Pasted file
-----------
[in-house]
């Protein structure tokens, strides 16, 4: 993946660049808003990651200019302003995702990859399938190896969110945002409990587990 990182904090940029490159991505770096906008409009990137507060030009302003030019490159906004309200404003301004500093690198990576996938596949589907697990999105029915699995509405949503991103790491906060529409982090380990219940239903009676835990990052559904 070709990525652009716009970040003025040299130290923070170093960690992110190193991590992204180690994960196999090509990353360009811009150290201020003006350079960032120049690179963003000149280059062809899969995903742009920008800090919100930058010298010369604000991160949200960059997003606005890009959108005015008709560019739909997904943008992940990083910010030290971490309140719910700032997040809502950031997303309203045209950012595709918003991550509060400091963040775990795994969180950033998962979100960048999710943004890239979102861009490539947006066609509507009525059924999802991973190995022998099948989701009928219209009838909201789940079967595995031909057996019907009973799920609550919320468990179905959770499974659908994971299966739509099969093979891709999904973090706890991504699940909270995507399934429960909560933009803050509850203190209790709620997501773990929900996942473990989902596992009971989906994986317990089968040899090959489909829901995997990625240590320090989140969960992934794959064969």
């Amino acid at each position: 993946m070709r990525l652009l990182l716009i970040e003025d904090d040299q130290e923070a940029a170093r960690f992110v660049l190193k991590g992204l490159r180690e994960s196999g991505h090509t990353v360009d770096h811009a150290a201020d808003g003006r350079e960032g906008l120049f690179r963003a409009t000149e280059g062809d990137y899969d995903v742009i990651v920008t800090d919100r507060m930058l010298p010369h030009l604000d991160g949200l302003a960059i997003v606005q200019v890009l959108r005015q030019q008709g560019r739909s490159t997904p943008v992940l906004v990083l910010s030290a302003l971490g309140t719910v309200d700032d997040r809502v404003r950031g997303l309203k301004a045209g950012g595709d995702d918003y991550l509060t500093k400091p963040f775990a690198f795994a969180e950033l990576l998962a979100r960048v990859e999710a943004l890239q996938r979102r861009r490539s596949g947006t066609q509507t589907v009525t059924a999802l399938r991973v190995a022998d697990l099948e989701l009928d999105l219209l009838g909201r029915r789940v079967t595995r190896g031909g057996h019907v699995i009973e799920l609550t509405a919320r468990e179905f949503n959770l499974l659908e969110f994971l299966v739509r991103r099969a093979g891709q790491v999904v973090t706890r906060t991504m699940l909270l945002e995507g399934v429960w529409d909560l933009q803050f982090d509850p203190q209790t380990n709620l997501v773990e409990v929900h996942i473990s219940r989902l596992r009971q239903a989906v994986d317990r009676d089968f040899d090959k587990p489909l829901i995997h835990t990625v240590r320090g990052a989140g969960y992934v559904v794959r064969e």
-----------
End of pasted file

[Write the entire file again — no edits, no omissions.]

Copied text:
[in-house]
């Protein structure tokens, strides 16, 4: 993946660049808003990651200019302003995702990859399938190896969110945002409990587990 990182904090940029490159991505770096906008409009990137507060030009302003030019490159906004309200404003301004500093690198990576996938596949589907697990999105029915699995509405949503991103790491906060529409982090380990219940239903009676835990990052559904 070709990525652009716009970040003025040299130290923070170093960690992110190193991590992204180690994960196999090509990353360009811009150290201020003006350079960032120049690179963003000149280059062809899969995903742009920008800090919100930058010298010369604000991160949200960059997003606005890009959108005015008709560019739909997904943008992940990083910010030290971490309140719910700032997040809502950031997303309203045209950012595709918003991550509060400091963040775990795994969180950033998962979100960048999710943004890239979102861009490539947006066609509507009525059924999802991973190995022998099948989701009928219209009838909201789940079967595995031909057996019907009973799920609550919320468990179905959770499974659908994971299966739509099969093979891709999904973090706890991504699940909270995507399934429960909560933009803050509850203190209790709620997501773990929900996942473990989902596992009971989906994986317990089968040899090959489909829901995997990625240590320090989140969960992934794959064969």
């Amino acid at each position: 993946m070709r990525l652009l990182l716009i970040e003025d904090d040299q130290e923070a940029a170093r960690f992110v660049l190193k991590g992204l490159r180690e994960s196999g991505h090509t990353v360009d770096h811009a150290a201020d808003g003006r350079e960032g906008l120049f690179r963003a409009t000149e280059g062809d990137y899969d995903v742009i990651v920008t800090d919100r507060m930058l010298p010369h030009l604000d991160g949200l302003a960059i997003v606005q200019v890009l959108r005015q030019q008709g560019r739909s490159t997904p943008v992940l906004v990083l910010s030290a302003l971490g309140t719910v309200d700032d997040r809502v404003r950031g997303l309203k301004a045209g950012g595709d995702d918003y991550l509060t500093k400091p963040f775990a690198f795994a969180e950033l990576l998962a979100r960048v990859e999710a943004l890239q996938r979102r861009r490539s596949g947006t066609q509507t589907v009525t059924a999802l399938r991973v190995a022998d697990l099948e989701l009928d999105l219209l009838g909201r029915r789940v079967t595995r190896g031909g057996h019907v699995i009973e799920l609550t509405a919320r468990e179905f949503n959770l499974l659908e969110f994971l299966v739509r991103r099969a093979g891709q790491v999904v973090t706890r906060t991504m699940l909270l945002e995507g399934v429960w529409d909560l933009q803050f982090d509850p203190q209790t380990n709620l997501v773990e409990v929900h996942i473990s219940r989902l596992r009971q239903a989906v994986d317990r009676d089968f040899d090959k587990p489909l829901i995997h835990t990625v240590r320090g990052a989140g969960y992934v559904v794959r064969e």